note: entire contents copyright 2007 by Beverly Creasey
Joseph Moncure March’s 1928 epic poem about the roaring twenties, called THE WILD PARTY, is the inspiration for not one, but two musicals of the same name. The LaChiusa WILD PARTY played Boston a few seasons ago but the really wild WILD PARTY is the version by Andrew Lippa, now playing (and ripping off the roof) at New Rep through May 20th.
Lippa knows just how to push the envelope and the New Rep production sends his music (The show is almost all sung, except for a few spoken rhyming couplets) into the stratosphere. You won’t find a more intense experience anywhere else this season. The pounding rhythms are relentless and the production numbers are nothing short of outrageous. This vaudeville tone poem is so dark and dangerous that it may remind you of Kurt Weill at his cynical best. The quartets are operatic and the subject matter, like Rogers’ SLAUGHTER ON TENTH AVENUE, celebrates the destructive underbelly of passion.
New Rep has the rep for breathing edgy life into sardonic musicals like THE THREE PENNY OPERA or Sondheim—only this time, it’s Queenie instead of SWEENEY. Queenie (Marla Mindelle) is a drop dead gorgeous, Harlow-esque party girl who likes her men rough. Burrs (Todd Alan Johnson) is the vaudeville clown who can give her just what she wants. You know the story. Someone will come between them and someone will suffer the consequences. Lippa’s daring coup lies in making the musical utterly riveting without making Queenie and Burrs the least bit sympathetic. Johnson’s ‘Mack the Knife’ had a magnetic charm about him but his Burrs is simply grotesque. (Lippa has composed a set of vulnerable inner monologues for each of them but I wasn’t convinced that either wouldn’t murder his own mother for the thrill.)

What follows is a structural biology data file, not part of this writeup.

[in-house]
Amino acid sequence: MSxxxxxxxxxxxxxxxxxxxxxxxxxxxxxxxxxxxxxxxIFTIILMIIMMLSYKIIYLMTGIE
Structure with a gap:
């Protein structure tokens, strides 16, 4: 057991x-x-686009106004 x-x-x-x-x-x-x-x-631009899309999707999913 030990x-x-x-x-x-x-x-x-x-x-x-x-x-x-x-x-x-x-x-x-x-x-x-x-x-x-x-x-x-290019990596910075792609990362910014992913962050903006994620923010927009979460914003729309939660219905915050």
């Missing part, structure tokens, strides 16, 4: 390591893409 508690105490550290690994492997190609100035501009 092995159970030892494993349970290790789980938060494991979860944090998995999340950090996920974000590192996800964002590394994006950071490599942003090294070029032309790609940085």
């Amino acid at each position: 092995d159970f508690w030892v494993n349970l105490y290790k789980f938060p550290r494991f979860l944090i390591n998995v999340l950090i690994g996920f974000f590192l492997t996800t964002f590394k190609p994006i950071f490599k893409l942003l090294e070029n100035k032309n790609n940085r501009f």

THE WILD PARTY, with its drunks, addicts and whores, is not a pretty picture of the l920s. What director Rick Lombardo has created with the material is a work of sheer power. You can’t help yourself: You’re in its thrall. Todd Gordon’s musical direction (not to mention his cameo) is without equal. Kelli Edwards’ choreography is part Jerome Robbins (Think Sharks and Jets) and part Twyla Tharp (Think birds of prey swooping in for the kill) and the company handles the dancing like gangbusters.
I could go on and on--- but suffice it to say New Rep has created a force of nature with their WILD production. Leigh Barrett is spectacular as the Lesbian (“She [has the] quality I like: She’s alone.”) Sarah Corey is sexy and sassy as the savvy ex-whore and Maurice E. Parent is heartbreaking as the interloper. Ilyse Robbins and Jake Mosser are touching as the bruised boxer and his protective lady love. Brian DeLorenzo and Paul Giragos are quite amusing as the strange “producers” of the show within the show. Jeremy Amasa Towle gets a nifty solo in his skivvies and bowler hat. (Frances Nelson McSherry’s costumes for everyone are the cat’s meow.)
The set (by Janie E. Howland) is jazzy and chic. The music is astonishing. The performances are larger than life. As Lippa says with one of his songs, it’s a “Juggernaut.”